....and set to.  I decided to try the jam which was actually a cheese really as I sieved the pulp.  I did try to deseed each rosehip but I don't think I needed to bother since I would be sieving the fruit anyway and it was awfully fiddly.  I added a couple of crab apples for pectin and guessed at the quantities of water and sugar and produced a few pots of what I hoped would be a useful preserve.

I made a few scones to go with our afternoon cup of tea and tried the leftovers on my scone.  It hadn't set properly and although Delia tells me I could tip it all back in the pan with the juice of a lemon and boil it up again I think I might just keep it as it is and use it on my porridge instead of honey or as a syrup over ice cream or something as it is a bit bland and very sweet.  Of course I could also dilute it with hot water to make a drink for when we have a cold as it is supposed to be high in Vit C - those of us of a certain age will remember taking it by the spoonful when oranges were so had to obtain after the war.

We have a lot of self seeded nasturtiums in the garden and I have been adding a few flowers to my salads for weeks now and I also tried pickling some of the seeds which are supposed to be rather like capers.  Why I would bother since I don't think I have ever used capers in anything I don't know but my hunter gatherer genes suggested I should try it.  If it's there for the gathering I feel impelled to use it be it rosehips, blackberries or nasturtiums!

I have no idea whether they taste like capers nor whether I will actually use them but here they are.  Every time I see the name Sacla I am reminded of the little You tube video I showed you here  which in case you didn't see it I make no apology for adding again below!

So what with all this messing about the week sped by and although I hoped to be able to show you my finished bag I fear it is no further forward than it was before since I decided it was too thick to stitch with the pocket on the back and unpicked it and removed the pocket before sewing it back together; then the lining had me flummoxed as it seemed a bit thin and I feared the bag wouldn't have enough body so I unpicked that and added a layer of felt to it to stiffen it but now it's too thick and I fear the bag might end up in the back of the cupboard before long.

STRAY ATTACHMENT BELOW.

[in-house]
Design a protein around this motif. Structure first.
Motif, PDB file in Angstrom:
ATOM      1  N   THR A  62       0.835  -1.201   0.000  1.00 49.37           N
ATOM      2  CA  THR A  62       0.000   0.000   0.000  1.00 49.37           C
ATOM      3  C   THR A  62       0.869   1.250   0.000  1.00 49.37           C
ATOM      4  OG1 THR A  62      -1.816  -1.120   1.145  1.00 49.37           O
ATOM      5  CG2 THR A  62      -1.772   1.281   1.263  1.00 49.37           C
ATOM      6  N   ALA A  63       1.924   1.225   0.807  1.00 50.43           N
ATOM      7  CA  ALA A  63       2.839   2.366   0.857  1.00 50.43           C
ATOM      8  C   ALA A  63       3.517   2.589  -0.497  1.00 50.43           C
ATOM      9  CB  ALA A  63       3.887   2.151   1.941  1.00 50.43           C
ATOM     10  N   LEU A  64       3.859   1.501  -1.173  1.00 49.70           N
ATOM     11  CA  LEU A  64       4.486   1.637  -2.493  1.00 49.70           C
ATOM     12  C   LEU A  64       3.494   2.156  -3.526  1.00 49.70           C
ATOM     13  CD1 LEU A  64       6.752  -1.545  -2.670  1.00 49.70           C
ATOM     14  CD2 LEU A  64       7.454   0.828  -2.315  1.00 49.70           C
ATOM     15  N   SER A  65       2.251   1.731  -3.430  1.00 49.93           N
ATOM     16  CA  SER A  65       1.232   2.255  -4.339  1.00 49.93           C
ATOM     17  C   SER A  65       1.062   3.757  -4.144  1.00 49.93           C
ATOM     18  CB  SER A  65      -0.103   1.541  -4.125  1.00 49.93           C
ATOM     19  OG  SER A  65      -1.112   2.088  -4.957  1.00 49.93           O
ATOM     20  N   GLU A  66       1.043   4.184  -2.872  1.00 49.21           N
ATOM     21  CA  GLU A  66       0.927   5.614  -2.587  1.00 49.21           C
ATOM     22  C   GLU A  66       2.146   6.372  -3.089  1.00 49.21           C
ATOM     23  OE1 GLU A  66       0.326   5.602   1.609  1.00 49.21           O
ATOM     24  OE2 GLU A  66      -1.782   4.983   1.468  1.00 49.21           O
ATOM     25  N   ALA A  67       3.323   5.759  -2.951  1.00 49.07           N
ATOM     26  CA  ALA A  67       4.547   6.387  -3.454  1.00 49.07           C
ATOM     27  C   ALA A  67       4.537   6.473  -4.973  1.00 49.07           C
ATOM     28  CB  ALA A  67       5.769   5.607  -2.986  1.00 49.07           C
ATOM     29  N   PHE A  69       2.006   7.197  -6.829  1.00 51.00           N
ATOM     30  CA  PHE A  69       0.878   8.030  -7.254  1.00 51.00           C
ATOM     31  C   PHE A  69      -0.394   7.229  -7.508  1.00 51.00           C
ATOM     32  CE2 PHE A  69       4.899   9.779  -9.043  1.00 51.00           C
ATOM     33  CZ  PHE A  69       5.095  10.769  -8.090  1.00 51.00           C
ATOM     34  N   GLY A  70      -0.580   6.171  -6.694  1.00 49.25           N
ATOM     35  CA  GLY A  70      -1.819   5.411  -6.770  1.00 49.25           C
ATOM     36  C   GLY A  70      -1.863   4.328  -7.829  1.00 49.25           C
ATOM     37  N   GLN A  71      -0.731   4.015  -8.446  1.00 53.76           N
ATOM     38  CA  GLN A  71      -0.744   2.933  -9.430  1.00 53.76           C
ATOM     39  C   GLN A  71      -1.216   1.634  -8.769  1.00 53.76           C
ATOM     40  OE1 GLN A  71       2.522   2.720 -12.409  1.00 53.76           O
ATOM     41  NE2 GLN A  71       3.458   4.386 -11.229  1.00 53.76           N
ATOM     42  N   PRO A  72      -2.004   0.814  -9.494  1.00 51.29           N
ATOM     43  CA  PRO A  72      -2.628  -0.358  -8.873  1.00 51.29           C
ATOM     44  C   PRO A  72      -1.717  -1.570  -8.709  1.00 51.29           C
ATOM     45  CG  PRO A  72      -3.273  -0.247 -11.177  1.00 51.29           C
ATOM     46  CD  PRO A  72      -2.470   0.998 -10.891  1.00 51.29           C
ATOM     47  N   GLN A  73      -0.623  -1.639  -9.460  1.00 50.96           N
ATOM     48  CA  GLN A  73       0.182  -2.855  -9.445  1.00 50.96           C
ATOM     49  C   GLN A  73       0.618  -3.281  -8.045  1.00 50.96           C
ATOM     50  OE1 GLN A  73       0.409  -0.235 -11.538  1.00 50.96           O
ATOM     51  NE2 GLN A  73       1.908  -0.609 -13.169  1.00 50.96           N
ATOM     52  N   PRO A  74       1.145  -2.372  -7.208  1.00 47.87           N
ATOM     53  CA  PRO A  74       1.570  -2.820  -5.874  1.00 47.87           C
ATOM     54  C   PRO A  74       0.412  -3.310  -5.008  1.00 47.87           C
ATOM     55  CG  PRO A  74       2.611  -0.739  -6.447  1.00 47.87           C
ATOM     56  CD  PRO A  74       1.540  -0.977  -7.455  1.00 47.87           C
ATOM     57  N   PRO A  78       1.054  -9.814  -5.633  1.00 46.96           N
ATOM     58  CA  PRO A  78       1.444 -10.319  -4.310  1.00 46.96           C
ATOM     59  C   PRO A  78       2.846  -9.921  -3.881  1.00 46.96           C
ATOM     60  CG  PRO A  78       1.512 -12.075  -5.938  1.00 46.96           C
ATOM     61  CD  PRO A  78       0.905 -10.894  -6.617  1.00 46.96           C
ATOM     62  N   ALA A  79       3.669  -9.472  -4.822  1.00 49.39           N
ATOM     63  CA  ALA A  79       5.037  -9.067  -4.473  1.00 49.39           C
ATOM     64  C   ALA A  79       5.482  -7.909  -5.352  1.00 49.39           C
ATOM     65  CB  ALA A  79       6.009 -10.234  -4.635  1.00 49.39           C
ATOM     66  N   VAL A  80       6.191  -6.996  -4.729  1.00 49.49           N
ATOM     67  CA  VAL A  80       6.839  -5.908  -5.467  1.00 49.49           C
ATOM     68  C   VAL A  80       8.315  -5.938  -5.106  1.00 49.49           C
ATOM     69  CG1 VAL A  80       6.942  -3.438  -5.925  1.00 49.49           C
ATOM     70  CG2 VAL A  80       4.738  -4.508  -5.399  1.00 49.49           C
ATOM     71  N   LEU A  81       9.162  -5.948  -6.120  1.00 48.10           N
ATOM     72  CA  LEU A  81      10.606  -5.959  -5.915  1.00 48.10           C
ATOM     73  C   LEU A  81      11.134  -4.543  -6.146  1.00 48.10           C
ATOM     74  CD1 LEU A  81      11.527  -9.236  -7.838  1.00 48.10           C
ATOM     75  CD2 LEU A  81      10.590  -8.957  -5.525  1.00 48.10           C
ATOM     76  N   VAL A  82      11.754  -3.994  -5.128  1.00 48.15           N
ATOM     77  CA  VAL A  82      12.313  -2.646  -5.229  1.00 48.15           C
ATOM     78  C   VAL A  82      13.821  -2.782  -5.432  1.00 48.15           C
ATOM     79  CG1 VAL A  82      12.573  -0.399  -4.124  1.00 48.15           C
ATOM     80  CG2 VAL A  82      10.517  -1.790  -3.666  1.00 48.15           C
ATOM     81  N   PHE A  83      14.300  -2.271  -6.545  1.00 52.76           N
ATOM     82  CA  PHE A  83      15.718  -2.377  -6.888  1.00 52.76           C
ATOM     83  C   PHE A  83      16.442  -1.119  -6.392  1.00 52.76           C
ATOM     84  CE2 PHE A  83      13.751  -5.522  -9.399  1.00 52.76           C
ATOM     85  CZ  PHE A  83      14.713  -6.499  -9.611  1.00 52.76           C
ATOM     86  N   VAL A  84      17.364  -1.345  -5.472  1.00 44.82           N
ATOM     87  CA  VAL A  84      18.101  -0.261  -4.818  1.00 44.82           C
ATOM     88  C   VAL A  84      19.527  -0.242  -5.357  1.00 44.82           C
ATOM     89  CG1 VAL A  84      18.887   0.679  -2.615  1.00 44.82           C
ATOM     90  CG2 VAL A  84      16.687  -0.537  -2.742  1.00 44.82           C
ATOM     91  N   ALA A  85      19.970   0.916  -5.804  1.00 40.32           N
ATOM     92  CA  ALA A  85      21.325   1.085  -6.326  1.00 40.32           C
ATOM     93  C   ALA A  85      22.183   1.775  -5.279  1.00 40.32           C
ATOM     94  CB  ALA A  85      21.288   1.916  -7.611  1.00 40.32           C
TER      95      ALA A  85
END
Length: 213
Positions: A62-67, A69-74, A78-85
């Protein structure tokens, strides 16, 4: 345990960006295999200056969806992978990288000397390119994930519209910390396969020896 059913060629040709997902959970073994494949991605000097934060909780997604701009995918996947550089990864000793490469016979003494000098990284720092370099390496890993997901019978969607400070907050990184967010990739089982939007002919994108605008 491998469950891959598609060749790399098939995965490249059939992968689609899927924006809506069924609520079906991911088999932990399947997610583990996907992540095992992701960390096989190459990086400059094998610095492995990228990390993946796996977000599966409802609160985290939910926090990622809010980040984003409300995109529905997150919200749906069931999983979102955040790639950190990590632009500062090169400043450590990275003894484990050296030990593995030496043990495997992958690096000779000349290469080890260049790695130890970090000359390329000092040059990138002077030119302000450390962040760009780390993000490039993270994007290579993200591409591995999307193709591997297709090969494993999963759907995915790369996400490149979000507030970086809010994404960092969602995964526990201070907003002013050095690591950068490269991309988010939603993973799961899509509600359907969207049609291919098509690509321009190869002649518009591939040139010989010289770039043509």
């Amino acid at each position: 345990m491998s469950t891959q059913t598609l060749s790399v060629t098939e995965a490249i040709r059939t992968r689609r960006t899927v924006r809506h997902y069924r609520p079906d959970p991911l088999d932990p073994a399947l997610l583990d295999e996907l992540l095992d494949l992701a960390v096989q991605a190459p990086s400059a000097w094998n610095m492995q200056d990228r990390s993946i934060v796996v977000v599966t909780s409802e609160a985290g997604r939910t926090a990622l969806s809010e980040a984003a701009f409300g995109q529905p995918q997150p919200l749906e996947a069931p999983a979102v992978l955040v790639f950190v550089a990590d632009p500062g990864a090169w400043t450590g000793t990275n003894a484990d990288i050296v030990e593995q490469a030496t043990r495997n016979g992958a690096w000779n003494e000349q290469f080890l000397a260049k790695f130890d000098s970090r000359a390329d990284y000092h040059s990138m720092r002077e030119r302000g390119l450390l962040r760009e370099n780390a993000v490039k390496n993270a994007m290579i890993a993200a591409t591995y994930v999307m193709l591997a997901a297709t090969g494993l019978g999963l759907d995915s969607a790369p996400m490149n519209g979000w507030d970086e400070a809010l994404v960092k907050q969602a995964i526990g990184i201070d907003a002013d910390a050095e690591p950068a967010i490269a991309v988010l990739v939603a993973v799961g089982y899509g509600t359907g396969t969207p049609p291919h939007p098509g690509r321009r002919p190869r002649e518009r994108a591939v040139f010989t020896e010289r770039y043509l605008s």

This coming week I have more social activities so there won't be so much time for hunting nor gathering but I did wonder whether to set myself a little challenge and try not to use the oven for a week having read that generating electricity is one of the biggest contributors to greenhouse gas emissions worldwide - not that the generators of electricity will produce less if I use less so again it's not black and white but a grey area.  I might try some one pot recipes on the gas hob this week or maybe even the electric slow cooker - it will be interesting to see how much difference it will make to the weekly readings we take.  But I shan't be worrying too much about it and as I don't think Mr M will take kindly to reading by candle-light and my cooking his dinners in a hay box I shan't be going too far with it all!


  1. Caro at The Urban Veg Patch just mentioned something about that primaeval need to forage and gather, I know exactly what you both mean. The rosehips look fantastic, we used to have rosehip jelly when I was little, it was such a beautiful colour. You've had a satisfyingly productive time I think, sorting out the freezer and the fence. I need to have a kitchen declutter (well, a house declutter actually) and use up some of the stranger things that are lurking about the place. I do so love a spacious organised cupboard and fridge. I shall start at once. CJ xx

  2. It is definitely that time of year isn't it. I've gathered blackberries and harvested apples and plums so far.